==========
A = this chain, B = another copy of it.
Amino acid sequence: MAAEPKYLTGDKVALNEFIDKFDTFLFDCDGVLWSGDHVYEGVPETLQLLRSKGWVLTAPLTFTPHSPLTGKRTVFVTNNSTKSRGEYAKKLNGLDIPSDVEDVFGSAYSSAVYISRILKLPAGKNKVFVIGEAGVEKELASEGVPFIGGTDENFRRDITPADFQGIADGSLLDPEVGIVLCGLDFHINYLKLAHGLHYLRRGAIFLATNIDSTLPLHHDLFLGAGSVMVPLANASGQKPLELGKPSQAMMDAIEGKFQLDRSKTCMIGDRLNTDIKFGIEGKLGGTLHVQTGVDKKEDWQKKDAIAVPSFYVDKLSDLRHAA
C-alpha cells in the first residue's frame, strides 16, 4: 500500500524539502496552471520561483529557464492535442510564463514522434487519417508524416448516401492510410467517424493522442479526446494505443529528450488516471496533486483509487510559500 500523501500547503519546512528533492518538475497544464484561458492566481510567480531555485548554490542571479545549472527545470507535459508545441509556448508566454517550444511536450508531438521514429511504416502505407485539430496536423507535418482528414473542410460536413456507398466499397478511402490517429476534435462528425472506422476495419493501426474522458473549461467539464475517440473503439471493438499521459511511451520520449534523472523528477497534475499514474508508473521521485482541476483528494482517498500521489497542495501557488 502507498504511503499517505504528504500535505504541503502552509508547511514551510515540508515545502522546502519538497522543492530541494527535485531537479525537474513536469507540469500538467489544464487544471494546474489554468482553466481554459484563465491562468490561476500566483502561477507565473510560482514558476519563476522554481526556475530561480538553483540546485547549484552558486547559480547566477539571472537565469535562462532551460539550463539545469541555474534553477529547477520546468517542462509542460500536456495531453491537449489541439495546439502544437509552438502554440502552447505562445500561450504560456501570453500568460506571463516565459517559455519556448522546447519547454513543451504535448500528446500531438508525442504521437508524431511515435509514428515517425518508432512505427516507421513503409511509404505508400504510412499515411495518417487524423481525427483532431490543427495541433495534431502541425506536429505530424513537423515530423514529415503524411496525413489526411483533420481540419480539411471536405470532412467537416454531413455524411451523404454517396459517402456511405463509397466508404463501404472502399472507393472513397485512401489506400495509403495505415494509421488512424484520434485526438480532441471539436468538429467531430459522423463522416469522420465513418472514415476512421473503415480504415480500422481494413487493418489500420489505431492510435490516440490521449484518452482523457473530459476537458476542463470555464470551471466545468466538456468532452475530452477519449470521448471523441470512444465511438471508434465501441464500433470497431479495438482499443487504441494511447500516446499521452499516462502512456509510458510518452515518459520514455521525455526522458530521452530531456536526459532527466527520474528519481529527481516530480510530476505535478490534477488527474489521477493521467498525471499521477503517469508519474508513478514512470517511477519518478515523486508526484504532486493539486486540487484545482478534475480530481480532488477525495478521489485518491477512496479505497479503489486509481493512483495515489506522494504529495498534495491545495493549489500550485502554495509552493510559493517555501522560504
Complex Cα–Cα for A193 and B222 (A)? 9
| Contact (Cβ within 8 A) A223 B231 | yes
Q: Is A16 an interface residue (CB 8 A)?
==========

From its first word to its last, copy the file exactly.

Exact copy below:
A = this chain, B = another copy of it.
Amino acid sequence: MAAEPKYLTGDKVALNEFIDKFDTFLFDCDGVLWSGDHVYEGVPETLQLLRSKGWVLTAPLTFTPHSPLTGKRTVFVTNNSTKSRGEYAKKLNGLDIPSDVEDVFGSAYSSAVYISRILKLPAGKNKVFVIGEAGVEKELASEGVPFIGGTDENFRRDITPADFQGIADGSLLDPEVGIVLCGLDFHINYLKLAHGLHYLRRGAIFLATNIDSTLPLHHDLFLGAGSVMVPLANASGQKPLELGKPSQAMMDAIEGKFQLDRSKTCMIGDRLNTDIKFGIEGKLGGTLHVQTGVDKKEDWQKKDAIAVPSFYVDKLSDLRHAA
C-alpha cells in the first residue's frame, strides 16, 4: 500500500524539502496552471520561483529557464492535442510564463514522434487519417508524416448516401492510410467517424493522442479526446494505443529528450488516471496533486483509487510559500 500523501500547503519546512528533492518538475497544464484561458492566481510567480531555485548554490542571479545549472527545470507535459508545441509556448508566454517550444511536450508531438521514429511504416502505407485539430496536423507535418482528414473542410460536413456507398466499397478511402490517429476534435462528425472506422476495419493501426474522458473549461467539464475517440473503439471493438499521459511511451520520449534523472523528477497534475499514474508508473521521485482541476483528494482517498500521489497542495501557488 502507498504511503499517505504528504500535505504541503502552509508547511514551510515540508515545502522546502519538497522543492530541494527535485531537479525537474513536469507540469500538467489544464487544471494546474489554468482553466481554459484563465491562468490561476500566483502561477507565473510560482514558476519563476522554481526556475530561480538553483540546485547549484552558486547559480547566477539571472537565469535562462532551460539550463539545469541555474534553477529547477520546468517542462509542460500536456495531453491537449489541439495546439502544437509552438502554440502552447505562445500561450504560456501570453500568460506571463516565459517559455519556448522546447519547454513543451504535448500528446500531438508525442504521437508524431511515435509514428515517425518508432512505427516507421513503409511509404505508400504510412499515411495518417487524423481525427483532431490543427495541433495534431502541425506536429505530424513537423515530423514529415503524411496525413489526411483533420481540419480539411471536405470532412467537416454531413455524411451523404454517396459517402456511405463509397466508404463501404472502399472507393472513397485512401489506400495509403495505415494509421488512424484520434485526438480532441471539436468538429467531430459522423463522416469522420465513418472514415476512421473503415480504415480500422481494413487493418489500420489505431492510435490516440490521449484518452482523457473530459476537458476542463470555464470551471466545468466538456468532452475530452477519449470521448471523441470512444465511438471508434465501441464500433470497431479495438482499443487504441494511447500516446499521452499516462502512456509510458510518452515518459520514455521525455526522458530521452530531456536526459532527466527520474528519481529527481516530480510530476505535478490534477488527474489521477493521467498525471499521477503517469508519474508513478514512470517511477519518478515523486508526484504532486493539486486540487484545482478534475480530481480532488477525495478521489485518491477512496479505497479503489486509481493512483495515489506522494504529495498534495491545495493549489500550485502554495509552493510559493517555501522560504
Complex Cα–Cα for A193 and B222 (A)? 9
| Contact (Cβ within 8 A) A223 B231 | yes
Q: Is A16 an interface residue (CB 8 A)?